Not that The Writers' Loft community has grown slowly--we've been open just shy of a year, and we have over 60 involved members. But the way we have grown has been by word of mouth and by paying particular attention to each person interested in joining. We hope to not lose anyone through the cracks. It's definitely a slow-build mentality.
And, I am sure that there are other ways to do it, but if you are looking to grow your own community, the slow build is a way to make it rock solid. If you are building a blog, for example, (and subsequent blogging community), visit other people, comment on their blogs, show them that you want a relationship with them, and most likely, they will join in the conversation you're having at your blog. Does it take time? Yes. Does it build a supportive community that you can rely on? Yes.
Building community is about building relationships, which, by its nature is a one-on-one activity. A slow build.
I argue that building a writing career is about the slow build as well, which is why it is such a difficult profession to survive.
The slow build: You have to write. A lot. David Edding says, it takes a million words before you are ready to begin:
“... A writer’s apprenticeship usually involves writing a million words (which are then discarded) before he’s almost ready to begin. That takes a while.” ~David EddingsThen you revise, you get feedback, you crit someone else's work (I learn the most about my writing through critiquing other's). Then you query industry professionals, and then you most likely start the whole process over again. Bird by bird, my friend.
So, how do you survive this slow build? By treating it like a game.
I'm serious. Jane McGonigal, in this stupendous TED talk, nails the ways to keep sane and motivated. *Blogger is preferring NOT to embed this talk right now. Please follow the link. We'll wait.*
Now, I've talked about this TED talk before. Why do I think that treating your professional writing career build like a game is so important in keeping you sane and motivated?
Because if gamify your career, you will:
1. Create an awesome writer identity for yourself. This is akin to fake-it-'till-you-make-it, pretending to be more confident about your writing self than you might be, and will tell you, in a nutshell, what your author brand is. Who do you want to be as a writer? In you writing game, YOU ARE THAT PERSON.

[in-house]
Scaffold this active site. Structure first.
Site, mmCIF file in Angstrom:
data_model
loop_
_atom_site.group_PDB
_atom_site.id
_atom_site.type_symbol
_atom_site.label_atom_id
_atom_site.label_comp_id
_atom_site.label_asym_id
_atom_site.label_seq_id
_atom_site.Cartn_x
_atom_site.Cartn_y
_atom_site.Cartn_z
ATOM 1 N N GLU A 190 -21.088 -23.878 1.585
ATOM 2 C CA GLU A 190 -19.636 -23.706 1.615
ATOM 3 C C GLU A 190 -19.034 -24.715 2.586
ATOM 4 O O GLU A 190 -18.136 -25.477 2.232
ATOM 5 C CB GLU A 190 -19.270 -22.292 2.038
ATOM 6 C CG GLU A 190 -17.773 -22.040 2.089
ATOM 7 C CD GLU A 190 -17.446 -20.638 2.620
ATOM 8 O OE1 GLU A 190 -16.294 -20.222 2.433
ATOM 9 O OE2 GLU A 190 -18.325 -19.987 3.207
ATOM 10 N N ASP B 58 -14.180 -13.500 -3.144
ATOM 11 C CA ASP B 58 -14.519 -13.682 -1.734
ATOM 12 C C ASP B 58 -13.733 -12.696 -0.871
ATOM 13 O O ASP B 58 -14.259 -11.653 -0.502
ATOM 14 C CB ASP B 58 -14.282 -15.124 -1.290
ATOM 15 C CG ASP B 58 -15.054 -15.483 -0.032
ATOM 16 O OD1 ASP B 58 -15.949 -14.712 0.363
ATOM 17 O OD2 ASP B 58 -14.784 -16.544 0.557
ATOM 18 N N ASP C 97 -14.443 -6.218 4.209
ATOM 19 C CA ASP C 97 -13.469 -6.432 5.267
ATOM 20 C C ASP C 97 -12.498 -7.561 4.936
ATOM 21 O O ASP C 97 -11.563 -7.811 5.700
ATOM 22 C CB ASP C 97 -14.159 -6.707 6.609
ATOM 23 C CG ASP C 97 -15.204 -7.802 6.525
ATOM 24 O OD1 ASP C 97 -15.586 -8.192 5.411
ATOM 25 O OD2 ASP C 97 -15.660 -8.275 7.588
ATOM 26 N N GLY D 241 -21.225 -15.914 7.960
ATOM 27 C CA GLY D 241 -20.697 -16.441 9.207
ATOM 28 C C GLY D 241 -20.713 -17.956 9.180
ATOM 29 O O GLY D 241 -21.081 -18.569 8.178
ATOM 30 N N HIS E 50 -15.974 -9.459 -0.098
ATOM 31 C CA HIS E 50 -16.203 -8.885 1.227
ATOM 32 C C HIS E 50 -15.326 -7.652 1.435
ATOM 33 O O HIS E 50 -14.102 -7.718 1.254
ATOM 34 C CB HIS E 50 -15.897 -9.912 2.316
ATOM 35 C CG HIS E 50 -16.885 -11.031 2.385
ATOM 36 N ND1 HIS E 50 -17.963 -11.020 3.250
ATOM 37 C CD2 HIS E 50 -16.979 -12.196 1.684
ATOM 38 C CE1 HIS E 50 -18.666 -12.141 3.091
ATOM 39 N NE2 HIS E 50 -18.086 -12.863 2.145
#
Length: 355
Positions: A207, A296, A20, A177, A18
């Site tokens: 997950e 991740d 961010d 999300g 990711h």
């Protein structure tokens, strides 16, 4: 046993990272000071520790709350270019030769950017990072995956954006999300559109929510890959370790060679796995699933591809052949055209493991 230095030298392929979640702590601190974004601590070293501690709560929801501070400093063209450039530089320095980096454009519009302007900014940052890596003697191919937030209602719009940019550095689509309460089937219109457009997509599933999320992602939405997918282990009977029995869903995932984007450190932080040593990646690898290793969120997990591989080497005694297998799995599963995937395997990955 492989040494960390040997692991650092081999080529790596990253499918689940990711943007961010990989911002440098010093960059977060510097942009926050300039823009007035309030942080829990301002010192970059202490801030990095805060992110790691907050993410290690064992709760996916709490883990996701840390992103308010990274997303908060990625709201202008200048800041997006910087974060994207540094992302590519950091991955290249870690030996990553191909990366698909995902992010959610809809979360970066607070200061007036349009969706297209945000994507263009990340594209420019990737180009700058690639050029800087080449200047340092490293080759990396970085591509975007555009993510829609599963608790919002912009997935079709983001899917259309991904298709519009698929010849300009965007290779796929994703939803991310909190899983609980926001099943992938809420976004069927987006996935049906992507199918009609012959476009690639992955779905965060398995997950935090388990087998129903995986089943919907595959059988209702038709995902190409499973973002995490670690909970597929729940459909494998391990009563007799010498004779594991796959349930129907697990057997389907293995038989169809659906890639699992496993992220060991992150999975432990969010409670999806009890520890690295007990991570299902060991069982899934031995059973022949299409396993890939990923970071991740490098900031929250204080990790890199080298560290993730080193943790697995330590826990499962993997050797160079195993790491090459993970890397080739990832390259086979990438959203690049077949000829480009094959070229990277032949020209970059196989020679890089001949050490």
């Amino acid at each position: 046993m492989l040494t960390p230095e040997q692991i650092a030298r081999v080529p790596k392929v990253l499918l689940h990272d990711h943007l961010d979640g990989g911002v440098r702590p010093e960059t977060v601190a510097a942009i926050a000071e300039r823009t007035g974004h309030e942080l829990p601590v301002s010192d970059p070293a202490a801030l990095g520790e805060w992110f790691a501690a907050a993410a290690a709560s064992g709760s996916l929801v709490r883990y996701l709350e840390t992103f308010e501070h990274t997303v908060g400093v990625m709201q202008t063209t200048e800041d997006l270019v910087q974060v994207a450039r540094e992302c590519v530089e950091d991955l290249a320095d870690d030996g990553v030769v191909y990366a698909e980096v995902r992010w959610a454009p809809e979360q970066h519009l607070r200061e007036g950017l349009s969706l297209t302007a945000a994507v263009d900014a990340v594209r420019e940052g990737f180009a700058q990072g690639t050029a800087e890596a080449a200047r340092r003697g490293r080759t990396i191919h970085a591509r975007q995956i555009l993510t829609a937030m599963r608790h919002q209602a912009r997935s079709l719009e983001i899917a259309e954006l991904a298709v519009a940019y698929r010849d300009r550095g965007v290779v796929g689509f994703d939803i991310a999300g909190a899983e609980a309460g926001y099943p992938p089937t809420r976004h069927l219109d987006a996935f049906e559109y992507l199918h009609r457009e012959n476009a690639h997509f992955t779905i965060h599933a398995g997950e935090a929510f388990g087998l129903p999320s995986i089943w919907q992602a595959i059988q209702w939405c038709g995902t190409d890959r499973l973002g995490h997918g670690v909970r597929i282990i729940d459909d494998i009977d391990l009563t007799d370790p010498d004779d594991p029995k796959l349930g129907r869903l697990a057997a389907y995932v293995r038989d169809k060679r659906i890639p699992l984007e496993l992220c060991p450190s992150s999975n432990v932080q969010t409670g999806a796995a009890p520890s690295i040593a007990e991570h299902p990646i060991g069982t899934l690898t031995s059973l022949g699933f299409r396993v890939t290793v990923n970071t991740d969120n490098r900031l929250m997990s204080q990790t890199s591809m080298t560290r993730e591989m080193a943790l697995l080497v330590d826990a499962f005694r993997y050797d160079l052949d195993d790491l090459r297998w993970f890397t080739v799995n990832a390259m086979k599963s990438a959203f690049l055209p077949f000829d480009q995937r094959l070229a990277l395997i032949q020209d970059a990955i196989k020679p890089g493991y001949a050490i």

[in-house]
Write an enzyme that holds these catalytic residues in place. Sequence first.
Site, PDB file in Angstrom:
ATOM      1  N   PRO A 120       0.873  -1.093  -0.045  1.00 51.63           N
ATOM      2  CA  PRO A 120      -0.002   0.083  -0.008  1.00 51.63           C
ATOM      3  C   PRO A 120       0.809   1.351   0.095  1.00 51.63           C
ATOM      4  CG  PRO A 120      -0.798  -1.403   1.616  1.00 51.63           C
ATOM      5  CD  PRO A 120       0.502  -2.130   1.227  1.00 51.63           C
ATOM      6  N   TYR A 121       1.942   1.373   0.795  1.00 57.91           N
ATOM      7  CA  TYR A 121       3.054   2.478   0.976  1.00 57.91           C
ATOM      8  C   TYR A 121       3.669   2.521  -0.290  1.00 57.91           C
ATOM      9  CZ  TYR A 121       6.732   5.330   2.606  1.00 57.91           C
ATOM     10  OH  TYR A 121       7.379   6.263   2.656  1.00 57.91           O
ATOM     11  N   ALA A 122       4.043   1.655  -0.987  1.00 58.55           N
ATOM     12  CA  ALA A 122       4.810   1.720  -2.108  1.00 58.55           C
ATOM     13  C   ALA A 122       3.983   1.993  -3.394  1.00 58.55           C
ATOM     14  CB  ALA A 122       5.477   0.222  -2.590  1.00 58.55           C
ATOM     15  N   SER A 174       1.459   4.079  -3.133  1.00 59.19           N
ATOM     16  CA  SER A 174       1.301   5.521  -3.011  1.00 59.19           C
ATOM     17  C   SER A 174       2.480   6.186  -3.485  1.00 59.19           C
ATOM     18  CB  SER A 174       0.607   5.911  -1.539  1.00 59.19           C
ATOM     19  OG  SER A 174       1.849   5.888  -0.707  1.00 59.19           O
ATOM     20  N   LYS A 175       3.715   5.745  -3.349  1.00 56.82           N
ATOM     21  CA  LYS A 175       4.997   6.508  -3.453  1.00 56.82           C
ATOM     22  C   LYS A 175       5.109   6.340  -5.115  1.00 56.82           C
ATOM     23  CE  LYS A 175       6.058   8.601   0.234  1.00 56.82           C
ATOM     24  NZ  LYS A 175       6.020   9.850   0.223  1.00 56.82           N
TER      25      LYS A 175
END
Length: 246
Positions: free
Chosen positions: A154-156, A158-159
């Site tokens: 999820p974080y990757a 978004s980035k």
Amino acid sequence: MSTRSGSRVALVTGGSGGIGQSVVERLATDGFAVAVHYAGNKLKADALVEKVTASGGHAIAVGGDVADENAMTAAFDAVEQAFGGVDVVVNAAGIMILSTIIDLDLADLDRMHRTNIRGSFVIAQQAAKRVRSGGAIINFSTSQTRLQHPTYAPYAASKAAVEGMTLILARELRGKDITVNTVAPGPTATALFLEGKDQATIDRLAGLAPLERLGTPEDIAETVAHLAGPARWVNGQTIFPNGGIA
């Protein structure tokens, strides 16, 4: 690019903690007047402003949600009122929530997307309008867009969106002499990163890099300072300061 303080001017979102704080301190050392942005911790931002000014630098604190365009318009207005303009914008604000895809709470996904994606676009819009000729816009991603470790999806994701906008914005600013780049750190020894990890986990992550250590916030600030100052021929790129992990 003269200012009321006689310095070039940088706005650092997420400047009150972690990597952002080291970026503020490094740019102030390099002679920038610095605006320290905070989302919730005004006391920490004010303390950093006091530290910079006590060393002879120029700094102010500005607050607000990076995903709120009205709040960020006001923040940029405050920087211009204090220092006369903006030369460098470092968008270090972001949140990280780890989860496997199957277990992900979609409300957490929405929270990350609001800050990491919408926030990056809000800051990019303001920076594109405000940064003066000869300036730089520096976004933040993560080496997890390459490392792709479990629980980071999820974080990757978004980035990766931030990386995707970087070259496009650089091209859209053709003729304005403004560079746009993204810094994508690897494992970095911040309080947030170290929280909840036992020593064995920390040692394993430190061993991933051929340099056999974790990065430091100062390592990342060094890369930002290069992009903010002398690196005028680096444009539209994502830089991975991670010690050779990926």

2. Collect Allies for your writing career. These might be your favorite tweeters, your mentor who posts on their blog each day, your crit partners, or anyone who is supporting you as you write/revise/submit/lock the ms in the drawer. When you reach out to your people, you feel much less likely like banging your head against your desk.
3. Give yourself positive feedback and and level up for all your small wins and each defeat of the bad guys. Constant high fives (with myself) throughout the day keeps me going. I don't pretend my writing is better than it is, but I do give myself credit for the small wins--writing 1k, revising a chapter, learning a new revision technique. Otherwise, it is way too overwhelming to think of writing a 75k book. And, I identify what obstacles stand in the way of these small wins, and defeat them. Procrastination, loss of confidence, feeling overwhelmed. Battle them. Show them who's boss. Level up. You are a better writer today than you were a month ago!
4. Keep focused on attaining the EPIC WIN. In gaming, you are never given a task you can't accomplish. I believe that if you put your mind to it you can accomplish your Epic Win. There are set-backs for sure. There are things that are out of your control, for sure. But, create an identity, collect allies, level up, and keep your eye on the prize, and you will be happier while playing the slow build game of writing.
I am using Jane McGonigal's app game SuperBetter to treat writing like a game. It's a ton of fun. Join me? Be an ally in my game!